Kenya’s Supreme Court explains why it annulled election result


Kenya’s Supreme Court today explained why it annulled last month’s presidential election result.

Earlier this month the court annulled President Kenyatta’s victory on the grounds of irregularities and illegalities, following a petition from political opponent Raila Odinga. And now the Supreme Court has clarified the reasons behind its verdict earlier this month.


IEBC ‘flouted the law’

Deputy Chief Justice Philomena Mwilu criticised Kenya’s electoral commission’s handling of the entire election process, suggesting it took the law into its own hands – and not for the first time.

“The Independent Electoral and Boundaries Commission (IEBC) flouted the law and the constitution to the extent that they become the law themselves,” she said. “On our part, elections is not just an event but a whole process.”

The judge highlighted the commission’s failure to hold transparent elections in the past – most notably the 2007 presidential poll that descended into violence. Moreover, the IEBC failed to provide the necessary documentation to verify  Kenyatta’s victory, despite claiming to have installed a secure digital system prior to the election.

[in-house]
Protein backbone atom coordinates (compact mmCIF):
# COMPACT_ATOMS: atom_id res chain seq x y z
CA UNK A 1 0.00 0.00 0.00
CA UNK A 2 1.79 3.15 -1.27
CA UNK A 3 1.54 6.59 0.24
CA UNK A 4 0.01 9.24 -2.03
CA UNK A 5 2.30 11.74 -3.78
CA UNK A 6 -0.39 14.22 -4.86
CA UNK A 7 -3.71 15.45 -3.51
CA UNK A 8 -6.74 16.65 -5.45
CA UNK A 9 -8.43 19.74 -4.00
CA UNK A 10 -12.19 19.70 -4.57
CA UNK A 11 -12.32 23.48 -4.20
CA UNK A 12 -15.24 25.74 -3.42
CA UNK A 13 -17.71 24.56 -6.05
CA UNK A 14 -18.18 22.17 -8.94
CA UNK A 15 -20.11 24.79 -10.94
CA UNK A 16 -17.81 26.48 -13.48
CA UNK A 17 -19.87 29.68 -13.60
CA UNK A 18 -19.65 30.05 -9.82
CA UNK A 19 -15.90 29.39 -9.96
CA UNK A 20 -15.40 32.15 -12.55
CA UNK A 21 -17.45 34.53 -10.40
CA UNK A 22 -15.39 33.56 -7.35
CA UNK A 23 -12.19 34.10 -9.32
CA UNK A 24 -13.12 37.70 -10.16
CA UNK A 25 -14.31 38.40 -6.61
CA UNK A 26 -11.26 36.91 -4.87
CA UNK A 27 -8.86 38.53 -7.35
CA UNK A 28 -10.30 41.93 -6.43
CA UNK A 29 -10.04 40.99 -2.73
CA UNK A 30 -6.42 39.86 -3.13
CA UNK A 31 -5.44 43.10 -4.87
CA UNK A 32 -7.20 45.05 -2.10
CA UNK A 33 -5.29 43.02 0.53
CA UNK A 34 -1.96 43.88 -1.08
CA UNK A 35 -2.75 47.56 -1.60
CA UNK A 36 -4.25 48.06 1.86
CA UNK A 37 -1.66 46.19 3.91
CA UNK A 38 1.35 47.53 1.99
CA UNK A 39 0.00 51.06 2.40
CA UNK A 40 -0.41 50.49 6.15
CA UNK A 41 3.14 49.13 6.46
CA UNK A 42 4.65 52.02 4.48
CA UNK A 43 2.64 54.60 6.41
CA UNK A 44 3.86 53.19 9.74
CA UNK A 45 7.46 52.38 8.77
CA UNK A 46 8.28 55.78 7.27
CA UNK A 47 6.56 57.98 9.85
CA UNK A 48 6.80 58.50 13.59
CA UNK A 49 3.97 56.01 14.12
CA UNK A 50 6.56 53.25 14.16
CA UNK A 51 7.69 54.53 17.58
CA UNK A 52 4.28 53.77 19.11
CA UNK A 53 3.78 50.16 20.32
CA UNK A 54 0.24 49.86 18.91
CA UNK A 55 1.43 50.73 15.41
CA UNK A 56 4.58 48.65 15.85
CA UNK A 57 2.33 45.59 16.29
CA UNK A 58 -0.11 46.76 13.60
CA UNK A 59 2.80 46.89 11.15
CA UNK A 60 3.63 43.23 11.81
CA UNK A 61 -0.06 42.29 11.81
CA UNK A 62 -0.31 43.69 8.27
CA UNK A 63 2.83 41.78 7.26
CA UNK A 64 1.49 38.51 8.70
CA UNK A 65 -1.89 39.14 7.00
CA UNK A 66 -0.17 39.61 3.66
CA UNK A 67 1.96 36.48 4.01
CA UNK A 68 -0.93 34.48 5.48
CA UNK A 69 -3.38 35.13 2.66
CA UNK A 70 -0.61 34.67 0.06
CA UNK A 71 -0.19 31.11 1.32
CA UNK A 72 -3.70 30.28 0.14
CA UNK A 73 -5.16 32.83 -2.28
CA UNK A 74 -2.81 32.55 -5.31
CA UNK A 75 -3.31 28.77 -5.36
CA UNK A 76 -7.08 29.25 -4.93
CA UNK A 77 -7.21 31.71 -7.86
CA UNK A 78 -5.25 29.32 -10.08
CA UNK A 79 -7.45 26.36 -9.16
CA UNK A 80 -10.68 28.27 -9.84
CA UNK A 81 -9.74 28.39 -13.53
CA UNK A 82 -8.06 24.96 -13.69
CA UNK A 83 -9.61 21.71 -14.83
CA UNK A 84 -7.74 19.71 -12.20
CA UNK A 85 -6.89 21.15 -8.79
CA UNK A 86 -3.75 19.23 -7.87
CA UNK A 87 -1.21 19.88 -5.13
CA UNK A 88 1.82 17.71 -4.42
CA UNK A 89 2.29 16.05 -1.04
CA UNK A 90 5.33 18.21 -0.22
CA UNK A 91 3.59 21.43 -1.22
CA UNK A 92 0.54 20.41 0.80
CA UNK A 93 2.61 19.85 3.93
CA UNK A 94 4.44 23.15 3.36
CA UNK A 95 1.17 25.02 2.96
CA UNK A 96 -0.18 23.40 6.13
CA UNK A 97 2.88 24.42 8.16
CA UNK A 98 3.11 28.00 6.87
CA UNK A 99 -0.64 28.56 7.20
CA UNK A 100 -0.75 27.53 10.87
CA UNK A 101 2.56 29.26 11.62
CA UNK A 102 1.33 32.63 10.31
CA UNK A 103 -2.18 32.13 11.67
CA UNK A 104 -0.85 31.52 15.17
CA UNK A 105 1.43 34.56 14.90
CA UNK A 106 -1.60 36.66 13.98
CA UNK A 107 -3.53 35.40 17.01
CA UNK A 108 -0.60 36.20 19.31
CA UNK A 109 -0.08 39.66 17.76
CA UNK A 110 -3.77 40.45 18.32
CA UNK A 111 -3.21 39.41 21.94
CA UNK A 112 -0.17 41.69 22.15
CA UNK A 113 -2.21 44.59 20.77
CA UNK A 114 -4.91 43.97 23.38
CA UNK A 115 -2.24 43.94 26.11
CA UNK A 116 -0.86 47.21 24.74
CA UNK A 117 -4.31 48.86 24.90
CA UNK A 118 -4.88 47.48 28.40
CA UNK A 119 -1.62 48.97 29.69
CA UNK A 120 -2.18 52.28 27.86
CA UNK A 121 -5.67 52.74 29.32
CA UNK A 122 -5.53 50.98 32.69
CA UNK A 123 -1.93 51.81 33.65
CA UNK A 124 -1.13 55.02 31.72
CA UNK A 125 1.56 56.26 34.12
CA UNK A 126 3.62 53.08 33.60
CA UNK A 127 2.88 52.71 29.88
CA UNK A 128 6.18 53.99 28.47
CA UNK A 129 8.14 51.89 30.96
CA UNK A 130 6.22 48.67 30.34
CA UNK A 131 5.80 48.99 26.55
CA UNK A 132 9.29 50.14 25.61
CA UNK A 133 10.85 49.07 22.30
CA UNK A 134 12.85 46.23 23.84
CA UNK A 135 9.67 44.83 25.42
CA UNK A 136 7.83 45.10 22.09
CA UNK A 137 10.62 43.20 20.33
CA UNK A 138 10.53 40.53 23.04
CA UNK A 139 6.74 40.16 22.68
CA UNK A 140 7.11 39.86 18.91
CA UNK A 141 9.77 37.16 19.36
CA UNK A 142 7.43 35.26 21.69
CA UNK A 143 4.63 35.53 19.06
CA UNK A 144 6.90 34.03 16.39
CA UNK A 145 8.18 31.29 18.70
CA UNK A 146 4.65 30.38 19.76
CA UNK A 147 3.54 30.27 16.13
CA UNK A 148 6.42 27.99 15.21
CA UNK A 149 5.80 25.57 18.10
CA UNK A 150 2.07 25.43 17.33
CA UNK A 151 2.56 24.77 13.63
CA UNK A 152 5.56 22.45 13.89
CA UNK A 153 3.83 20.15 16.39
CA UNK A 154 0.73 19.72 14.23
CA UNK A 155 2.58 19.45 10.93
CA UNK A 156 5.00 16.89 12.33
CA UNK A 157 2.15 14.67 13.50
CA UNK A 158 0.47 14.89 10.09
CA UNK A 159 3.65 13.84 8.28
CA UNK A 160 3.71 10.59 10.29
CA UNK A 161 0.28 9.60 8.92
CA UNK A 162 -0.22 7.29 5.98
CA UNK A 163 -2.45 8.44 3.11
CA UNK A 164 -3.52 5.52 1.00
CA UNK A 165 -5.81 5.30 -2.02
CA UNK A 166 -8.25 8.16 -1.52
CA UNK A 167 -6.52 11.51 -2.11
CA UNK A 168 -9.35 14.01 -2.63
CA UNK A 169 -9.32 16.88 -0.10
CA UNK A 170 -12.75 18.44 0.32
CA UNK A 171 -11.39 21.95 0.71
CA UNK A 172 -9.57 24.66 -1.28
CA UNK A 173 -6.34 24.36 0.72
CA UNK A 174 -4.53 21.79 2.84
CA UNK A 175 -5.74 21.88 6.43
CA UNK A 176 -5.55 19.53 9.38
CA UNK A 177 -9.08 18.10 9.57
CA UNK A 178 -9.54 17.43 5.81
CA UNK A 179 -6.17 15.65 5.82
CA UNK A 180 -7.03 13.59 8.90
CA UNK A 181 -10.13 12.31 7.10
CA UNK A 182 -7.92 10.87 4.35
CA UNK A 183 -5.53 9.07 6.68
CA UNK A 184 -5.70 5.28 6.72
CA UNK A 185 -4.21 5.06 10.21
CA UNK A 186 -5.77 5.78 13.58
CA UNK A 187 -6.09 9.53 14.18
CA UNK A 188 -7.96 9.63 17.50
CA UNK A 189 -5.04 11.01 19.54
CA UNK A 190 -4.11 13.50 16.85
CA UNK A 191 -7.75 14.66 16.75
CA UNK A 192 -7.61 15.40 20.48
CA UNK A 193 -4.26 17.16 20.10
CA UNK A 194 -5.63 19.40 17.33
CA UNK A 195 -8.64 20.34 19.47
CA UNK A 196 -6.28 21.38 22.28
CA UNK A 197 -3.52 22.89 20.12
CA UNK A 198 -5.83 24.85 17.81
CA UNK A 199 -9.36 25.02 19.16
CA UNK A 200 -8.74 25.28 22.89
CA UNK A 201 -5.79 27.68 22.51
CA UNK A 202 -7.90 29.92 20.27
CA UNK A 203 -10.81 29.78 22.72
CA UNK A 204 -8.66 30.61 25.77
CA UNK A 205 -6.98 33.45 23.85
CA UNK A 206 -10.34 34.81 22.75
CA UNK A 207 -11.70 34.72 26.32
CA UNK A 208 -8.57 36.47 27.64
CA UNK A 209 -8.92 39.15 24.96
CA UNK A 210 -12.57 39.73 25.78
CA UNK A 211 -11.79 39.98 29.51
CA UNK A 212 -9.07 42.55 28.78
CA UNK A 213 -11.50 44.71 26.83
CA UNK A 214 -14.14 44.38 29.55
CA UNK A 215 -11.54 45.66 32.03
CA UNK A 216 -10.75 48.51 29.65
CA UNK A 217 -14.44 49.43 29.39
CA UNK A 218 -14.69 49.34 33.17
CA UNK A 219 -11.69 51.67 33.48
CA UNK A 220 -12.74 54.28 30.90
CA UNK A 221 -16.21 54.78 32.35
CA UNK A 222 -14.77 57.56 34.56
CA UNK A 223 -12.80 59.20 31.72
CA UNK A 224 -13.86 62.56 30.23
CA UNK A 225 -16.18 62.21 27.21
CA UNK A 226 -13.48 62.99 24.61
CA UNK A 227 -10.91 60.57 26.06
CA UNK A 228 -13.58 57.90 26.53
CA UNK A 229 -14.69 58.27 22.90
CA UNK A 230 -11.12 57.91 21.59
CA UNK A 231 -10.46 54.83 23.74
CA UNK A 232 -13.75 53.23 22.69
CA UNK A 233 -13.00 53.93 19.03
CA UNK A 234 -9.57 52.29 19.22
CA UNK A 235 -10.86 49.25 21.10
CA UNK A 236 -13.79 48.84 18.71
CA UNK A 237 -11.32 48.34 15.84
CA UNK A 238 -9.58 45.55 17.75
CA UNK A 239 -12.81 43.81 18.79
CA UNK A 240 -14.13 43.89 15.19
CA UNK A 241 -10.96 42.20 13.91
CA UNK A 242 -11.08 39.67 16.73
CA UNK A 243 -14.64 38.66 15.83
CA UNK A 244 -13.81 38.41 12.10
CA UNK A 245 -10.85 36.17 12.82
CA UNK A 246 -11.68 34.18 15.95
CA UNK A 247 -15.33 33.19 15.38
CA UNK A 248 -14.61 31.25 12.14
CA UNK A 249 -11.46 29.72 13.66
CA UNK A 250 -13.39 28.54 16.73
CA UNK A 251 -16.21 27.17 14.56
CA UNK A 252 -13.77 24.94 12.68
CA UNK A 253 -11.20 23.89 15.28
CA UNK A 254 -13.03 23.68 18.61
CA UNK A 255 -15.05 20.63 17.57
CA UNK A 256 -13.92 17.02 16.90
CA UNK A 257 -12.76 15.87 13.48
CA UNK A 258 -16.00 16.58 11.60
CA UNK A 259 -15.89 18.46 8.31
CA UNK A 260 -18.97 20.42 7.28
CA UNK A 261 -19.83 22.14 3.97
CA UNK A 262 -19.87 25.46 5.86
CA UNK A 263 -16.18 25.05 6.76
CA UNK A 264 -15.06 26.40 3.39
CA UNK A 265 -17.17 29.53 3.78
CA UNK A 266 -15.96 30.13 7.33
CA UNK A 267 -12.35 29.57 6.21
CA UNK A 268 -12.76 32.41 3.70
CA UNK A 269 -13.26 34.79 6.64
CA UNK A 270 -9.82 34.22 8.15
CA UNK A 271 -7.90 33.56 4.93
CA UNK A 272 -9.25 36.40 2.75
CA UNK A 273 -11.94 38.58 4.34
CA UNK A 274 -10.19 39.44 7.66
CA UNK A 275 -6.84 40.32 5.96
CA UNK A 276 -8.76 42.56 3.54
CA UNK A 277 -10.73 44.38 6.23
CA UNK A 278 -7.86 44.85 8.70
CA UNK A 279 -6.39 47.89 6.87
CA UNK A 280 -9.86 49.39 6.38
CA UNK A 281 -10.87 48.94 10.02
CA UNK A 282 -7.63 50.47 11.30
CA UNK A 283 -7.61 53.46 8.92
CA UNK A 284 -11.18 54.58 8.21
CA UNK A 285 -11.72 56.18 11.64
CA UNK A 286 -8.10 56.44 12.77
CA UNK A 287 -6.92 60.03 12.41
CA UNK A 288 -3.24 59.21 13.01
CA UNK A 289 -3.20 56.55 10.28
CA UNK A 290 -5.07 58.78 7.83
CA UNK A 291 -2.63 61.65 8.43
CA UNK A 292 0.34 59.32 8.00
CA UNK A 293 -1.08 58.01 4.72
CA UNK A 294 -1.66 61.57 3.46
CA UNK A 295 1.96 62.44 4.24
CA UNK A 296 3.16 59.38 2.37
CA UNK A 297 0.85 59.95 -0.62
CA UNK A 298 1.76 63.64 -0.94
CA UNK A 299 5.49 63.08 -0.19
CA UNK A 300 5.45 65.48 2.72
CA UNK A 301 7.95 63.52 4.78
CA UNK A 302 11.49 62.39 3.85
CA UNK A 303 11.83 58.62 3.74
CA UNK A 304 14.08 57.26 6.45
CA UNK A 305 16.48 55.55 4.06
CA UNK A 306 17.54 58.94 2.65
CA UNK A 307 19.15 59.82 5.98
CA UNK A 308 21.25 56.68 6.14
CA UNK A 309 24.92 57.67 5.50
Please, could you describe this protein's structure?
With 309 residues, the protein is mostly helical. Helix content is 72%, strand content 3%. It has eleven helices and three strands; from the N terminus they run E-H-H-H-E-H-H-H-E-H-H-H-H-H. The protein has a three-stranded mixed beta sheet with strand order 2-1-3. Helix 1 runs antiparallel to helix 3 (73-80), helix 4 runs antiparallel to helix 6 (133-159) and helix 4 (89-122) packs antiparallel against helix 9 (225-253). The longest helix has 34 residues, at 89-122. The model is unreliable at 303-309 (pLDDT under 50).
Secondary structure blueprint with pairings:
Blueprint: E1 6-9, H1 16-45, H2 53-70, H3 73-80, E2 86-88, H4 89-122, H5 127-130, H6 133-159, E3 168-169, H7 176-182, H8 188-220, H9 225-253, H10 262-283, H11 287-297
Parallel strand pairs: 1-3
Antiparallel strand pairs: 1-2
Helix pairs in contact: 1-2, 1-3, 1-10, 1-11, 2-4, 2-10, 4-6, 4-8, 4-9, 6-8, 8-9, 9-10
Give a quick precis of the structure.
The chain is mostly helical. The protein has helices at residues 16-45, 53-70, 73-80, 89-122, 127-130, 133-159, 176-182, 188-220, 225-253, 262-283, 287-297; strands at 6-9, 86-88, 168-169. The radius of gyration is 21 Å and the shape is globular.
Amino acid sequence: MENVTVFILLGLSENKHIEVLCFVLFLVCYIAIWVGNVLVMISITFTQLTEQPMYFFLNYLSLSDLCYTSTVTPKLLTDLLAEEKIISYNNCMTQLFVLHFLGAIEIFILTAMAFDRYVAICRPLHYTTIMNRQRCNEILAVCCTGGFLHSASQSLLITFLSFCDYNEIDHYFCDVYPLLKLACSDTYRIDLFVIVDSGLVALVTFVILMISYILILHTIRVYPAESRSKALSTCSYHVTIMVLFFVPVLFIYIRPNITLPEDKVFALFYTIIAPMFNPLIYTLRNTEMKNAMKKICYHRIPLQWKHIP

“IEBC was required to provide certificates of penetration tests on the transmission systems and also provide GPS location of KIEMS kits, which was not done,” Mwilu confirmed. “IEBC did not verify results that had been electronically and systematically transmitted from the polling stations before announcing which violated the Constitution and the law.”

“We can’t prove that Uhuru Kenyatta got majority votes,” she summed up.


New system, no proof

Kenya held one of Africa’s most expensive election on August 8 this year. The IEBC’s failure to hold a successful election, despite investing millions into a system designed to the voting and counting process more transparent and secure.

The Supreme Court’s ruling means Kenya will now need to hold a second election but the IEBC’s proposed October 17 date is already in doubt. The additional cost of holding a second election and the electoral commissions continued failure to prove it is capable of pulling it off a second time around is a concern. Not only for the country’s strained economy but national security in a nation that still hurts from recent history’s election violence.


Featured image: “Kenya Election Posters” flickr photo by theglobalpanorama shared under a Creative Commons (BY-SA) license

About Aaron Brooks

Aaron Brooks is a UK journalist who wants to cut out the international agendas in news. Spending his early years in both England and Northern Ireland he saw the difference between reality and media coverage at an early age. After graduating from the University of Chester with a BA in journalism, his travels revealed just how large the gap between news and the real world can be. As Editor-in-Chief at East Africa Monitor, it’s his job to provide a balanced view of what’s going on in the region for English-speaking audiences.